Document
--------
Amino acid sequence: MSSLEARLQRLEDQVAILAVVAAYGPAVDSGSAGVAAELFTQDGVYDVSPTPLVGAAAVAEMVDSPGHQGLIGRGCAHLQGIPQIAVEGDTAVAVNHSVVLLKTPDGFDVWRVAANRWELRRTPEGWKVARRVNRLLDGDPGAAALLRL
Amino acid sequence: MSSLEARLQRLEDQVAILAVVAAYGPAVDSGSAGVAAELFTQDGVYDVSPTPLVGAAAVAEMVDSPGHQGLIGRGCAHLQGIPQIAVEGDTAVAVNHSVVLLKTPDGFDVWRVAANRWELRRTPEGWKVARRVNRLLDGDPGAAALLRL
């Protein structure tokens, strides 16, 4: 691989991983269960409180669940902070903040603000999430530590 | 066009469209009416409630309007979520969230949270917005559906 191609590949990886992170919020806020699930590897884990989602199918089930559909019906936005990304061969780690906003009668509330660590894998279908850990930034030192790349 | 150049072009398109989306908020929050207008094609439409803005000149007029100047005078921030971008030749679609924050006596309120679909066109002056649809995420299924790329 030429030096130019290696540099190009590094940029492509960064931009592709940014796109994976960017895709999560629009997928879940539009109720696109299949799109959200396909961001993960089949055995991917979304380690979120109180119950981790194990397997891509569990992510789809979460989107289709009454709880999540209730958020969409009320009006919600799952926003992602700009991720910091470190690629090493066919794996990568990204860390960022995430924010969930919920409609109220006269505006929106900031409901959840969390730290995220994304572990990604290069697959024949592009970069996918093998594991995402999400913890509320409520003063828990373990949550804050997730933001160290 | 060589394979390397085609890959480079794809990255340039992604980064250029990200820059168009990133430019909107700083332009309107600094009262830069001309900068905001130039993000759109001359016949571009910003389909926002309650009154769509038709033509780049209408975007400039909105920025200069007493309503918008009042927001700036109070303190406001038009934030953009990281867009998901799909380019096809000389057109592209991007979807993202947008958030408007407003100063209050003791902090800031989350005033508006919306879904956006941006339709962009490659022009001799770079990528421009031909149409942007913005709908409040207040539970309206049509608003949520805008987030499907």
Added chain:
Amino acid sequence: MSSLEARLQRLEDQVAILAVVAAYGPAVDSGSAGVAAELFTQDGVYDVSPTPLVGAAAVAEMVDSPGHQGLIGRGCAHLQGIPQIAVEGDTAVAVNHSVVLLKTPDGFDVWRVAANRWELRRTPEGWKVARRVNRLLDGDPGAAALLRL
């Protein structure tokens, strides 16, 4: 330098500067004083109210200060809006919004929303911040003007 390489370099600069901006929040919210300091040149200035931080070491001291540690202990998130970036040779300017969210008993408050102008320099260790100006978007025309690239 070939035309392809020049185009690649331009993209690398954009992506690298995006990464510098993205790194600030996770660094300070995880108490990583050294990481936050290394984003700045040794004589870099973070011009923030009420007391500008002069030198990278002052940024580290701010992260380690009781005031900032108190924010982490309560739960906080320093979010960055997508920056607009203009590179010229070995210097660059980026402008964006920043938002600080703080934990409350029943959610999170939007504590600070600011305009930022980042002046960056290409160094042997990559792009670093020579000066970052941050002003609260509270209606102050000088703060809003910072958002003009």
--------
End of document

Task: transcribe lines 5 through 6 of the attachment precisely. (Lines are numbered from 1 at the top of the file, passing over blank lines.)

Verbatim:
Amino acid sequence: MSSLEARLQRLEDQVAILAVVAAYGPAVDSGSAGVAAELFTQDGVYDVSPTPLVGAAAVAEMVDSPGHQGLIGRGCAHLQGIPQIAVEGDTAVAVNHSVVLLKTPDGFDVWRVAANRWELRRTPEGWKVARRVNRLLDGDPGAAALLRL
């Protein structure tokens, strides 16, 4: 330098500067004083109210200060809006919004929303911040003007 390489370099600069901006929040919210300091040149200035931080070491001291540690202990998130970036040779300017969210008993408050102008320099260790100006978007025309690239 070939035309392809020049185009690649331009993209690398954009992506690298995006990464510098993205790194600030996770660094300070995880108490990583050294990481936050290394984003700045040794004589870099973070011009923030009420007391500008002069030198990278002052940024580290701010992260380690009781005031900032108190924010982490309560739960906080320093979010960055997508920056607009203009590179010229070995210097660059980026402008964006920043938002600080703080934990409350029943959610999170939007504590600070600011305009930022980042002046960056290409160094042997990559792009670093020579000066970052941050002003609260509270209606102050000088703060809003910072958002003009």